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The Botany of Desire

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Language  English
Author  Michael Pollan
Followed by  The Omnivore's Dilemma


Originally published  2001
Publisher  Random House
Genres  Mathematics, Non-fiction
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Preceded by  A Place of My Own: The Education of an Amateur Builder
Similar  Michael Pollan books, Nature books, Plant books

Michael pollan cannabis the importance of forgetting and the botany of desire


The Botany of Desire: A Plant's-Eye View of the World is a 2001 nonfiction book by journalist Michael Pollan. Pollan presents case studies that mirror four types of human desires that are reflected in the way that we selectively grow, breed, and genetically engineer our plants. The tulip, beauty; marijuana, intoxication; the apple, sweetness; and the potato, control.

Contents

The stories range from the true story of Johnny Appleseed to Pollan's first-hand research with sophisticated marijuana hybrids in Amsterdam to the paradigm-shifting possibilities of genetically engineered potatoes. Pollan also discusses the limitations of monoculture agriculture: specifically, the adoption in Ireland of a single breed of potato (the Lumper) made the Irish vulnerable to a fungus to which it had no resistance, resulting in the Irish Potato Famine. The Peruvians from whom the Irish had gotten the potato grew hundreds of varieties, so their exposure to any given pest was slight.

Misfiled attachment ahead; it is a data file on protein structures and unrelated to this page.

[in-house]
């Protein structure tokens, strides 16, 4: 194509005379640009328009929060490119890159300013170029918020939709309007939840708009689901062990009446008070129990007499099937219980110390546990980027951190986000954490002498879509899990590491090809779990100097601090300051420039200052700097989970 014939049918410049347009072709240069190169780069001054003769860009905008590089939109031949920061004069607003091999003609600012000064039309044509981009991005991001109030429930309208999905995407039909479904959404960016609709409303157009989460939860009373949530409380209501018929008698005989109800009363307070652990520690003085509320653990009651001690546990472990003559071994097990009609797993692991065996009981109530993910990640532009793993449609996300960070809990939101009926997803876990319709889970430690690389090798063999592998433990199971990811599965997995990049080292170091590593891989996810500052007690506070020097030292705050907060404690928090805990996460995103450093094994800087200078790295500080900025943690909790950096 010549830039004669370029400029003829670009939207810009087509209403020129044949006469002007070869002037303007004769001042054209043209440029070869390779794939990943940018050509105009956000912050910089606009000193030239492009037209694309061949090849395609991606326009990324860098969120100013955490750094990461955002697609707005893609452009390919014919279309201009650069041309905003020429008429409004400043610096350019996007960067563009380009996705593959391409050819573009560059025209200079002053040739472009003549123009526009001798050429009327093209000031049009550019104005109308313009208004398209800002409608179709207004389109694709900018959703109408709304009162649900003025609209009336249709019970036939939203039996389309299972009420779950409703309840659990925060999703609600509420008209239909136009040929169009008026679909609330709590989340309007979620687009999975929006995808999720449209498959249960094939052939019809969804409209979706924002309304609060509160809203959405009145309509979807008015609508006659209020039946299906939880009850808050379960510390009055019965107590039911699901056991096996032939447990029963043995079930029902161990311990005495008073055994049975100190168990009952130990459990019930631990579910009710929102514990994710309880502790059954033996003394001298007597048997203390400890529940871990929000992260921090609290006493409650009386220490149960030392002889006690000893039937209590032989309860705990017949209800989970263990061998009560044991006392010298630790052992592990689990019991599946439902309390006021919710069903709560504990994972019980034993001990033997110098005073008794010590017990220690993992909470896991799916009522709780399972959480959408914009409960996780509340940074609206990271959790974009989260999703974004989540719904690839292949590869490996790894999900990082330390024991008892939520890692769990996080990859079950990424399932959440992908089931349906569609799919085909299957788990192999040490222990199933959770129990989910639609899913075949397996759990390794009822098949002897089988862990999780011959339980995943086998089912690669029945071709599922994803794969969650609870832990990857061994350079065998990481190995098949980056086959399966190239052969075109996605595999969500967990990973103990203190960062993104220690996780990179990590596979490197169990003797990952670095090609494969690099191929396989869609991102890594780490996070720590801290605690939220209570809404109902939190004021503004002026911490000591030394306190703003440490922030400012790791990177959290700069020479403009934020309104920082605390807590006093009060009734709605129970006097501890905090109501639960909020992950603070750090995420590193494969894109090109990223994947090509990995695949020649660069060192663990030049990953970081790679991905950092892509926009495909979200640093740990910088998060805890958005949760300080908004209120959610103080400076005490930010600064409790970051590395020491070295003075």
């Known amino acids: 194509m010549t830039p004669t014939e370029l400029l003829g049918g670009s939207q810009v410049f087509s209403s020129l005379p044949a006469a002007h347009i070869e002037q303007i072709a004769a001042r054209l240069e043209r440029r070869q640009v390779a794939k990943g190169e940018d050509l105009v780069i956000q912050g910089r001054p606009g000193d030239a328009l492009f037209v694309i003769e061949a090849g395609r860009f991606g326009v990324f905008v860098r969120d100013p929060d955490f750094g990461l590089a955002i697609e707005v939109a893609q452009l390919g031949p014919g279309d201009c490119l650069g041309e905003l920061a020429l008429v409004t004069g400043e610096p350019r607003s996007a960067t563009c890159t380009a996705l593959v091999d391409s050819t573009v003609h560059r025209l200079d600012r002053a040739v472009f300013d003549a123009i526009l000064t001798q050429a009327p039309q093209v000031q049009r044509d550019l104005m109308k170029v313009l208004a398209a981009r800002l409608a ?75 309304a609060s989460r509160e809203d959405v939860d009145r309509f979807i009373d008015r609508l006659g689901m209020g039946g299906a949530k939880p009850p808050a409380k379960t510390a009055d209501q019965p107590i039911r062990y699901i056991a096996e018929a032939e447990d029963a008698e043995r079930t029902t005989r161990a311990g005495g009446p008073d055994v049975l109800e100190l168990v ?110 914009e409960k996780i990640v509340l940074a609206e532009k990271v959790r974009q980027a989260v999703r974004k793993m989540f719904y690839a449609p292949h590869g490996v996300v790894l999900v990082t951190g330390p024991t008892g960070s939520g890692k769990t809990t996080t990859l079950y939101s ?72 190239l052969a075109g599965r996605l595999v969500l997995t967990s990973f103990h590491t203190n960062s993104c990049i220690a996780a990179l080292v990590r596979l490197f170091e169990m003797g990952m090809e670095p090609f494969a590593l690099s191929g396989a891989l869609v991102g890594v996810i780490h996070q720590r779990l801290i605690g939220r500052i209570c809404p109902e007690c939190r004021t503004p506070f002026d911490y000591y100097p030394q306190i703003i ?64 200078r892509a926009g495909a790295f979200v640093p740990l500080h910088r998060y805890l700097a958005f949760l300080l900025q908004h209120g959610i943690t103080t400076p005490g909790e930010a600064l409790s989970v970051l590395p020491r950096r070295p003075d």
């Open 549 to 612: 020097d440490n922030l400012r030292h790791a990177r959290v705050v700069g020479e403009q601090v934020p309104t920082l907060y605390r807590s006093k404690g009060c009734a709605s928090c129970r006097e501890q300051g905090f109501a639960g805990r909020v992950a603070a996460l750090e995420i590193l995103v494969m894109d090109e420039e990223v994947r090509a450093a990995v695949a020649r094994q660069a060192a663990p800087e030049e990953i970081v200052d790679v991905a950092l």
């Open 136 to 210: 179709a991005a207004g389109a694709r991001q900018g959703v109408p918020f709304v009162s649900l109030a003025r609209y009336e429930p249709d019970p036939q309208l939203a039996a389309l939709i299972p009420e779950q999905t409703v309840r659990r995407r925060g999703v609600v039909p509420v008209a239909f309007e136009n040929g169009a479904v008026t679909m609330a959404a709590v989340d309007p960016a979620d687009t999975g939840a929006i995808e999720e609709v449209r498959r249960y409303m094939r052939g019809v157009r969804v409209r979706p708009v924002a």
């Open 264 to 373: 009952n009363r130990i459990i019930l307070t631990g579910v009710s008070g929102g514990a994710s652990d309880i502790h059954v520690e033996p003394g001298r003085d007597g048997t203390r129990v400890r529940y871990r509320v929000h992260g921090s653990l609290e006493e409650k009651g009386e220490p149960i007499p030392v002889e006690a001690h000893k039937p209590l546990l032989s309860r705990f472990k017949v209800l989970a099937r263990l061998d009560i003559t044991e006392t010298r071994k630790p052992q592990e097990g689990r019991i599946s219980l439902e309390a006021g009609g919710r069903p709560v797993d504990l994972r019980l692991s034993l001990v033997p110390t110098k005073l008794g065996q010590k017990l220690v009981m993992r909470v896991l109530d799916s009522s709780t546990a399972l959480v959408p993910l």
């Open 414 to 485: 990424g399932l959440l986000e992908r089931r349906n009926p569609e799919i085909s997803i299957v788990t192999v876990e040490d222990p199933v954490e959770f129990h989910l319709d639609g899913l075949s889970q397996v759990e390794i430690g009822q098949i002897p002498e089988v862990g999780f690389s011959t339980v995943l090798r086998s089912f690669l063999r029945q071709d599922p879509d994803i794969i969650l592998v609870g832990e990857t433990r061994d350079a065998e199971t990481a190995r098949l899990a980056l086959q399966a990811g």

On television

The book was used as the basis for The Botany of Desire, a two-hour program broadcast by PBS.

Publication data

  • Michael Pollan, The Botany of Desire (2001) Random House, hardcover: ISBN 0-375-50129-0, 2002 paperback: ISBN 0-375-76039-3
  • References

    The Botany of Desire Wikipedia


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